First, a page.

“Ladies and gentlemen, this is an interesting race.” So said former President Bill at a campaign rally in Independence, Missouri, on Saturday night, while Barack Obama was cleaning his wife’s clock in South Carolina. Well, Bill Clinton has done his best to make the contest more interesting—and more down-and-dirty. Campaigning in South Carolina, he drew Barack Obama into a mudwrestle and sucked up plenty of oxygen. Though Clinton failed to stop a much-anticipated Obama win in the Palmetto State—and might have even pushed voters toward Obama—he certainly helped shaped the race to his wife’s benefit. Obama has been campaigning as an unconventional and inspirational leader against a conventional and divisive politician. Yet the ex-president managed to turn the contest into a face-off between two acrimonious camps, which undermines Obama’s preferred narrative: a transformational candidate versus a Washington rerun. And today—before the vote-counting began—Clinton compared Obama to Jesse Jackson. It was tough not to read Clinton’s remark as an attempt to dismiss Obama as the black candidate who cannot win.
Clinton’s hit-man role has peeved some Democrats. Two days ago, Robert Reich, who was Clinton’s labor secretary, blogged that “Bill Clinton’s ill-tempered and ill-founded attacks on Barack Obama are doing no credit to the former President, his legacy, or his wife’s campaign.” But should the Clintons care if they lose Reich but gain the nomination?
Short answer: no. But there will be recriminations. Clinton’s South Carolina rampage will not be forgotten by Democrats and liberals. And it remains to be seen if B. Clinton will continue his anti-Obama crusade in the coming days, as Supersaturated Tuesday approaches. The day before South Carolina Democrats voted for Obama over Clinton by a two-to-one margin, I asked a senior Clinton campaign aide if the campaign had any reservations about Bill Clinton’s actions in South Carolina. This aide looked pained. “He cannot be controlled,” s/he said. I remarked that it looked as if Clinton had been deployed in a strategic manner. “Not for some of us,” the aide said. But the campaign could have decided not to send him to South Carolina, I noted. “Yeah, Mr. President, we have some important campaign rallies for you to attend in Alaska,” the aide replied—sarcastically.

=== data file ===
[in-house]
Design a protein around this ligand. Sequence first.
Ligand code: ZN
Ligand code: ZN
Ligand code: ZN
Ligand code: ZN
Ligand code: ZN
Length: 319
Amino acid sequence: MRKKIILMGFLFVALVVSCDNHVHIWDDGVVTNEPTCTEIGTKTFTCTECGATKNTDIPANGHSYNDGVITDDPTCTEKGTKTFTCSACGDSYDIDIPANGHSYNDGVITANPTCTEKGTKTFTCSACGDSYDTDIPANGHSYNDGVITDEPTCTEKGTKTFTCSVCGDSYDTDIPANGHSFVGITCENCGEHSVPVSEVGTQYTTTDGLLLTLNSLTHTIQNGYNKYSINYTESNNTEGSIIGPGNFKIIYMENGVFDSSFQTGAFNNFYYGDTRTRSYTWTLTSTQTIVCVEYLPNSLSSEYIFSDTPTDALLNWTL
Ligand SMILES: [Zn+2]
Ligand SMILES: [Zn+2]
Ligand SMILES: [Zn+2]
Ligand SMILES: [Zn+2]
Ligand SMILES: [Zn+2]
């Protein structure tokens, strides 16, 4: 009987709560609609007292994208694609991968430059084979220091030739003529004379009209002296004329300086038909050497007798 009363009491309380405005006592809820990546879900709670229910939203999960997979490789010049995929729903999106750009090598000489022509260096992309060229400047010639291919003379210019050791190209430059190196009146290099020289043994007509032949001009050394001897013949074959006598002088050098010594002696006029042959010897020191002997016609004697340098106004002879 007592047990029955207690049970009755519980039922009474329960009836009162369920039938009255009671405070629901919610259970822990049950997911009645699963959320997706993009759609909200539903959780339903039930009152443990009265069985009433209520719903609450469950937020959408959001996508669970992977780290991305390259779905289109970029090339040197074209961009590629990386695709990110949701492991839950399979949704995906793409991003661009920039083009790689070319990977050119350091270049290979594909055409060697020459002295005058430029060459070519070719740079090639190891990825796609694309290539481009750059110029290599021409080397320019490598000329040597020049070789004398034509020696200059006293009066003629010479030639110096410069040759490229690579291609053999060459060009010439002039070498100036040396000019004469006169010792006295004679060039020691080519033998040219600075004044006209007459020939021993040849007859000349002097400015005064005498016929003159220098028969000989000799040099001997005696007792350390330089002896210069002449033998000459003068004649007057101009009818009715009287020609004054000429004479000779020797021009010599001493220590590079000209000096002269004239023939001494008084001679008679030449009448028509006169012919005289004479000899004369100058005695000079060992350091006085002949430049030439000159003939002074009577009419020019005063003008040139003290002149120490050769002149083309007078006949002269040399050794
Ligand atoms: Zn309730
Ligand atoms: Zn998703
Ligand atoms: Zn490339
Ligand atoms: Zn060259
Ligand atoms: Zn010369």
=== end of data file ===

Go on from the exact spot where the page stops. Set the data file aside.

Can it be that Bill Clinton is a rogue operative? I doubt it. He still has to answer to his wife, and she has an influential role in the campaign. But it might be that within the Clinton campaign there are those who will do much to win and those who will do whatever it takes to win. Hillary Clinton often decries the Republican attack machine (and sells herself as a candidate tough enough to survive its blasts). But she has an attack machine of her own. And it has cooked up some rather audacious if not bogus charges against Obama—including, most recently, the accusation that Obama is soft on Ronald Reagan.
In a triumphant victory speech on Saturday night—one of his best adressess—Obama lashed back:
We are up against the conventional thinking that says your ability to lead as President comes from longevity in Washington or proximity to the White House. But we know that real leadership is about candor, and judgment, and the ability to rally Americans from all walks of life around a common purpose—a higher purpose.
We are up against decades of bitter partisanship that cause politicians to demonize their opponents instead of coming together to make college affordable or energy cleaner; it’s the kind of partisanship where you’re not even allowed to say that a Republican had an idea—even if it’s one you never agreed with. That kind of politics is bad for our party, it’s bad for our country, and this is our chance to end it once and for all.
But will “that kind of politics” cease? Will the Clinton camp ratchet down after South Carolina? Will the leash on the Big Dawg be tightened? Not if the Clinton crew (at the top) view South Carolina as a battlefield loss but a strategic success in their effort to de-Obama Obama.